Instead of being charged, Flemmi testified that he and Bulger continued to commit crimes with the FBI’s knowledge, The Globe reported.

Boston Marathon Bombing Suspect Pleads Not Guilty

 
Steve Neavling
ticklethewire.com
 Dzokhar Tsarnaev, the surviving Boston Marathon bombing suspect, appeared in U.S. District Court in Boston and pleaded not guilty. It was his first appearance since  he was arrested in April. 

Tsarnaev was charged in a  a 30-count indictment in connection to the April 15 bombing and subsequent manhunt.

The charges are punishable by death.

Three people were killed and 264 injured in the marathon bombing.

To read more go to Boston Herald.

 

California Man Charged in Attempted Murder of Homeland Security Agents

Steve Neavling
ticklethewire.com

A Northern California man accused of attempted murder in the shootings three U.S. Homeland Security agents with an assault rifle has been charged, the Sacramento Bee reports.

Victor Flores, 20, was indicted Tuesday in connection with a May 3 shooting outside his home in Petaluma.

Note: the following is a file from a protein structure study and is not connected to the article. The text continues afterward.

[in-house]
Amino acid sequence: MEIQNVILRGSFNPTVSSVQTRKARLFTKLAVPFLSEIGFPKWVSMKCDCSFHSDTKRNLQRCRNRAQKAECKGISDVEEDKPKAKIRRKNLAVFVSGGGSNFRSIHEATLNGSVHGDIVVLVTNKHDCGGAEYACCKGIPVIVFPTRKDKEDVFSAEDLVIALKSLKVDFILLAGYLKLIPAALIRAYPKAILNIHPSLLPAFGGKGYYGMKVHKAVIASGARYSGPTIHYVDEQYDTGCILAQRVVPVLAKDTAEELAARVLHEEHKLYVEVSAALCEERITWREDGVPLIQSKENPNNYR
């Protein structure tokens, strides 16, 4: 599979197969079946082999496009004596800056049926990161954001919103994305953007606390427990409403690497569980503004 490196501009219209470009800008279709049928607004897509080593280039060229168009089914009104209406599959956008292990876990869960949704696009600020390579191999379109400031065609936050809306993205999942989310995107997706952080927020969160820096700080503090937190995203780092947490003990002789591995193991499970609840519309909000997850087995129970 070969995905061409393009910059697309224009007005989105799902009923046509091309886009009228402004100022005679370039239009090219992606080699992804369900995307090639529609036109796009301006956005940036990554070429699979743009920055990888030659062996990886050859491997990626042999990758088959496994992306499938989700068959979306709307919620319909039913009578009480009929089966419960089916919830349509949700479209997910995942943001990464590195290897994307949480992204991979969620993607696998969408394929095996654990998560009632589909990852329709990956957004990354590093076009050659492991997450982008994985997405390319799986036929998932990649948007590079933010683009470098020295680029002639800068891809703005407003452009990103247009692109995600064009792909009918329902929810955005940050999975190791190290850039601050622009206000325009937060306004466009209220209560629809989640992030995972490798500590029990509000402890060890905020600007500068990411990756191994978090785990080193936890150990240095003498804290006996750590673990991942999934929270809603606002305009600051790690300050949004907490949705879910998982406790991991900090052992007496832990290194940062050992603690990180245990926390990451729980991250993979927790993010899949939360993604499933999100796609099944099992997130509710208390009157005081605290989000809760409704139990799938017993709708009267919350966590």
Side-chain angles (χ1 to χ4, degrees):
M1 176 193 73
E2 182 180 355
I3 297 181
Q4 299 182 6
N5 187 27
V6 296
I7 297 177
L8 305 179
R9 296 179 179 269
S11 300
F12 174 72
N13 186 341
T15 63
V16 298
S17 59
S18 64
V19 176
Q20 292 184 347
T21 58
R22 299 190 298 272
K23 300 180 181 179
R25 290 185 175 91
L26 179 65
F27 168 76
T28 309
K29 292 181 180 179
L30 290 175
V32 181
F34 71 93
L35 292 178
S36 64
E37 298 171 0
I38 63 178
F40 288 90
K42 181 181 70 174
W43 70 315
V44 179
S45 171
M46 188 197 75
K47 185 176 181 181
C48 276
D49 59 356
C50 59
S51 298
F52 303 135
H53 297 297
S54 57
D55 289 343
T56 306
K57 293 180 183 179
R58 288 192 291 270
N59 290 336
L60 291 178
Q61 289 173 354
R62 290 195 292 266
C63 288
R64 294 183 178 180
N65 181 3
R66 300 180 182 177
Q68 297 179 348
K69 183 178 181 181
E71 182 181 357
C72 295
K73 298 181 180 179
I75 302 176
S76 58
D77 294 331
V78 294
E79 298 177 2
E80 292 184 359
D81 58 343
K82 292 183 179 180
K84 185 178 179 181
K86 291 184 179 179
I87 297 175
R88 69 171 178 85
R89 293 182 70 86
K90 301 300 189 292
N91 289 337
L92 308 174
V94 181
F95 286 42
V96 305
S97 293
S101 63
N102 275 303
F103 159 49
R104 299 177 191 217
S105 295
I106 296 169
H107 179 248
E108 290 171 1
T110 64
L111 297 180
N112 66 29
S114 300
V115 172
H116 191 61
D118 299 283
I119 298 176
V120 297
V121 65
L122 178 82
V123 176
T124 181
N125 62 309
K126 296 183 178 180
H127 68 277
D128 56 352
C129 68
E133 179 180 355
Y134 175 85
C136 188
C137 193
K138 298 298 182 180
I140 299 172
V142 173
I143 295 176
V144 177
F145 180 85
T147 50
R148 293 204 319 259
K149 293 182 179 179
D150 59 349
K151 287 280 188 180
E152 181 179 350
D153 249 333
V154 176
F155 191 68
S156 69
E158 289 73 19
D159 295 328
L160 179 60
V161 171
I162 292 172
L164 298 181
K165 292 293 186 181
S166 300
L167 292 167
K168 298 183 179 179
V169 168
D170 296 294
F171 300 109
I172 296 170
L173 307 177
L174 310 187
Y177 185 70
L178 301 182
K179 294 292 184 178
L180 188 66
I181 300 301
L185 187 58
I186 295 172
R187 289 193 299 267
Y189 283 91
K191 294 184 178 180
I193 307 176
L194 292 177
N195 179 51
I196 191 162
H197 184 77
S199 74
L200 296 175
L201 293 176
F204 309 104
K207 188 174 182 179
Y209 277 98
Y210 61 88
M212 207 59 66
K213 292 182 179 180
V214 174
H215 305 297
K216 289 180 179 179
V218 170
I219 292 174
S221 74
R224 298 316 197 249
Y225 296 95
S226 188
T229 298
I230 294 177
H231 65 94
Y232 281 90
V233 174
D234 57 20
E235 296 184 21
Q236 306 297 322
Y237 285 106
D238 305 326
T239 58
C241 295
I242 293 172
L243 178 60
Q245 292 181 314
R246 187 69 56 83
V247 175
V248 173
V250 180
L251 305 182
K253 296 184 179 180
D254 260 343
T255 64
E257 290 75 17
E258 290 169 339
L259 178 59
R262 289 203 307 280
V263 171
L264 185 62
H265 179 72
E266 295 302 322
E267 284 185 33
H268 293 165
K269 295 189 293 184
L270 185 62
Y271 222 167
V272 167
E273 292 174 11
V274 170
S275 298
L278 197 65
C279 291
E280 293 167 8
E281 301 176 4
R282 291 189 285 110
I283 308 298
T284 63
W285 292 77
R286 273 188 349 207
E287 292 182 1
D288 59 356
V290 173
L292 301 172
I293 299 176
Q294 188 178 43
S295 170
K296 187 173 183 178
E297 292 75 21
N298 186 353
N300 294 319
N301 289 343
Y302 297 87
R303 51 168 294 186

At the time of the shootings, federal agents were investigating Flores in connection with the murder of three rival gang members, the Bee reported.

Two of the agents, who were not identified, are still recovering. The third has returned to work, the Bee reported.

 

FBI Busts 15 in $8.7 Mil Midwest Unemployment Insurance Scam

Shoshanna Utchenik
ticklethewire.com

In general, the entrepreneurial spirit should be lauded. Unfortunately, in this case, it was purely criminal.

According to an FBI press release, 15 defendants allegedly registered 80 fake business names in Illinois, Indiana and Minnesota, then used these to file for unemployment insurance benefits to the tune of $8.7 Million. Defendants reportedly received unemployment debit cards for themselves, friends and family members, using false social security numbers and the sham businesses. A federal grand jury indicted the 15 defendants Tuesday in Illinois on 60 counts that include a range of tax, fraud and identity theft charges.

To read more click here.